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I have two ICs on a breadboard (74ls374 D type flipflop and 74ls04 hex inverter) and I have an arduino measuring the voltage on the respective output pins of those ICs. The outputs are both at a logic high, but the flip flop output voltage sits around 3.3V, while the inverter is at 4.5V. There is no load resistor or anything like that.

Why might this be happening?

EDIT: The reason I am using the arduino ADC is because I am a skint college student who cannot afford a multimeter at the moment. Arduino is the best I have

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    \$\begingroup\$ This is unusual behaviour if its the high level out of gates running from a 5 V supply. However... (a) what are power supplies to each IC? (b) are the devices switching or at steady-state? (c) are you measuring this with a multimeter or with an oscilloscope? If your gates have switching outputs, your multimeter will be showing the average of the voltage out of that gate. \$\endgroup\$
    – TonyM
    Feb 21, 2018 at 10:13
  • \$\begingroup\$ The power supply is a single 5v provided by an Arduino. The devices are steady state. I am measuring using the ADC of the arduino \$\endgroup\$
    – DylanG
    Feb 21, 2018 at 10:14
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    \$\begingroup\$ Can you be certain that your software reading of the ADC is resulting in a correct voltage measurement? Can you check the gate output voltages and supply pin voltages with a multimeter and add those measurements to the question (not in comments, please). \$\endgroup\$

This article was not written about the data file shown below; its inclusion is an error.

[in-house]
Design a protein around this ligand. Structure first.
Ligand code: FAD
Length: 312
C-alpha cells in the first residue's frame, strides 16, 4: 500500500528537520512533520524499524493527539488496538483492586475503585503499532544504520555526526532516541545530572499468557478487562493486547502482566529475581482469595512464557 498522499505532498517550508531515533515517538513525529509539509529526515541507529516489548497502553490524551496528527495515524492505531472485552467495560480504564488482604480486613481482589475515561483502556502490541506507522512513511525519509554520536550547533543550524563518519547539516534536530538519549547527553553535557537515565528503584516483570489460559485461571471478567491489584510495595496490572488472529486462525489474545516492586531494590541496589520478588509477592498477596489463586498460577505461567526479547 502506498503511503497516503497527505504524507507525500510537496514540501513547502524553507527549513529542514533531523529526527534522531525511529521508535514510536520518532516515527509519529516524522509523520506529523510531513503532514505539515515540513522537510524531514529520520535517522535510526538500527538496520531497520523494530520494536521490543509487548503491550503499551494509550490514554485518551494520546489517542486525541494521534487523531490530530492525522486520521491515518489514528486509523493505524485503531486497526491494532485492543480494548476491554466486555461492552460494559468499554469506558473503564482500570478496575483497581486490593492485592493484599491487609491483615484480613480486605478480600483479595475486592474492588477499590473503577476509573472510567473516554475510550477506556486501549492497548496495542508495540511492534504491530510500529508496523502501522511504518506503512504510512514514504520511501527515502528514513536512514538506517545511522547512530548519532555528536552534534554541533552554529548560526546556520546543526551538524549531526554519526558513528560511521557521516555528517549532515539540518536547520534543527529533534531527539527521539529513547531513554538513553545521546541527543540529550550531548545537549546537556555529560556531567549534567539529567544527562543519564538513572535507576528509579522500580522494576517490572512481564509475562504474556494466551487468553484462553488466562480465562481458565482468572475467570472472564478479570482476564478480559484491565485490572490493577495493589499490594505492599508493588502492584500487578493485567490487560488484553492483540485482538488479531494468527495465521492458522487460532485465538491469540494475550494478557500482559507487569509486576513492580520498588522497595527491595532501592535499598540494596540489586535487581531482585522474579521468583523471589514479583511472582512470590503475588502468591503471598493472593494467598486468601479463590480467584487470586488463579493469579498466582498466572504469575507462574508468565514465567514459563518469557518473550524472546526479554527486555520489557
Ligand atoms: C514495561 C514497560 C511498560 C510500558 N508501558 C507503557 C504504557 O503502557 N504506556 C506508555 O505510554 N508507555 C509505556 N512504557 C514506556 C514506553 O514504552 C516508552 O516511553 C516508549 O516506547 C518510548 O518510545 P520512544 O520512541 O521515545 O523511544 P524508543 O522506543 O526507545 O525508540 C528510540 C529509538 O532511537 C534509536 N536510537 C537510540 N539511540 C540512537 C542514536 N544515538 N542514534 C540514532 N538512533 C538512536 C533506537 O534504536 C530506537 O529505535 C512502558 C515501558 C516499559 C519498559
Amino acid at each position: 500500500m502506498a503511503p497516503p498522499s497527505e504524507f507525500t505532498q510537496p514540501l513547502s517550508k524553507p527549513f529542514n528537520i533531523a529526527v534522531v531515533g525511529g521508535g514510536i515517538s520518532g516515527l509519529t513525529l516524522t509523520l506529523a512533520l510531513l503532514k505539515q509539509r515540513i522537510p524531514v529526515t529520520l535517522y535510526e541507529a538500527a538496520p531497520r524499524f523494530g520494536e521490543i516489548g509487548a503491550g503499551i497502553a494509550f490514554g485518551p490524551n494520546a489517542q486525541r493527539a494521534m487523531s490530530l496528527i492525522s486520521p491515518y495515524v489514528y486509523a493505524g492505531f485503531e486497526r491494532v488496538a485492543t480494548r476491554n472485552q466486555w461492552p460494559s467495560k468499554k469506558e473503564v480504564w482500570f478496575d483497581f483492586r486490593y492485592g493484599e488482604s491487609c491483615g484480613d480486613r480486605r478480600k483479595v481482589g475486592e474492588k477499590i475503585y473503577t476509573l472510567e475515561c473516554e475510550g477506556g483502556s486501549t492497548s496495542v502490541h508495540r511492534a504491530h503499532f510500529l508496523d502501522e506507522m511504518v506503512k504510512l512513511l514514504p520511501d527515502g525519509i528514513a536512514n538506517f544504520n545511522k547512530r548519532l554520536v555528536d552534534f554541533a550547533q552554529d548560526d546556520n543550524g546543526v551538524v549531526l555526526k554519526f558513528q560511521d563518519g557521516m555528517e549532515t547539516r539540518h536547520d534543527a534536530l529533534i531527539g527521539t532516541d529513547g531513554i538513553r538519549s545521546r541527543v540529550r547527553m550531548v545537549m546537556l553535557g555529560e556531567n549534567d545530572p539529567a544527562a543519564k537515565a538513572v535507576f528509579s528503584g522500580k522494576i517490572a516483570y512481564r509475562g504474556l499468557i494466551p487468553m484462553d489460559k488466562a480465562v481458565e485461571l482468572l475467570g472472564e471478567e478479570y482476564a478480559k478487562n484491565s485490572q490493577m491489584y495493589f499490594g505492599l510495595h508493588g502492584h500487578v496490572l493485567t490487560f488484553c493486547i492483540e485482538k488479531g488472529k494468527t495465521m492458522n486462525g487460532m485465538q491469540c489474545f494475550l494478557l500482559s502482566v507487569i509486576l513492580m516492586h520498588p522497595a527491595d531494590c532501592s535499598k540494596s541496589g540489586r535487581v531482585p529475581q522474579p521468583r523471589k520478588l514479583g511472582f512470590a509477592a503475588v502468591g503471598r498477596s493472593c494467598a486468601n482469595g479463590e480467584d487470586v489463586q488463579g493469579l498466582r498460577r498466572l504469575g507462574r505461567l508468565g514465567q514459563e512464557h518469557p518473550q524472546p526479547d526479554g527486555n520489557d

– TonyM
    Feb 21, 2018 at 10:17

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The logic family specification defines min./max. levels for H and L output states.

As long as both ICs satisfy the specification (which I assume is the case; i.e. in this case voltage is above min. H output Level 2.7V) there is nothing to wonder about.

The output voltages don't have to be exactly the same; they just have to be above the minimum level.

See e.g. \$V_{OH(MIN)}\$ "minimum guaranteed voltage at an output terminal" here.

So after it is clear that they don't have to be the same: here are some reasons for them not being the same:

  • different temperatures (maybe even different elevated temperatures sometime in the past; e.g. by overload)
  • output circuits inside ICs differ for some reason (e.g. because they have different max. fan out)
  • ICs are made by different manufacturers
  • ICs are made in different process technologies
  • ICs are made at different plants
  • ICs are made at different times
  • IC dies come from different wafers
  • IC dies come from different parts of the same wafer
  • ...

The answer is similar to the answer for "Why may \$\beta\$ vary so much for two samples of a BC547C transistor?"

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    \$\begingroup\$ The output voltages are well within spec I am not worried about that. I am just wondering why I might be seeing such a difference in output voltage when the ICs are both from the same logic family and are both being powered with a single 5V supply \$\endgroup\$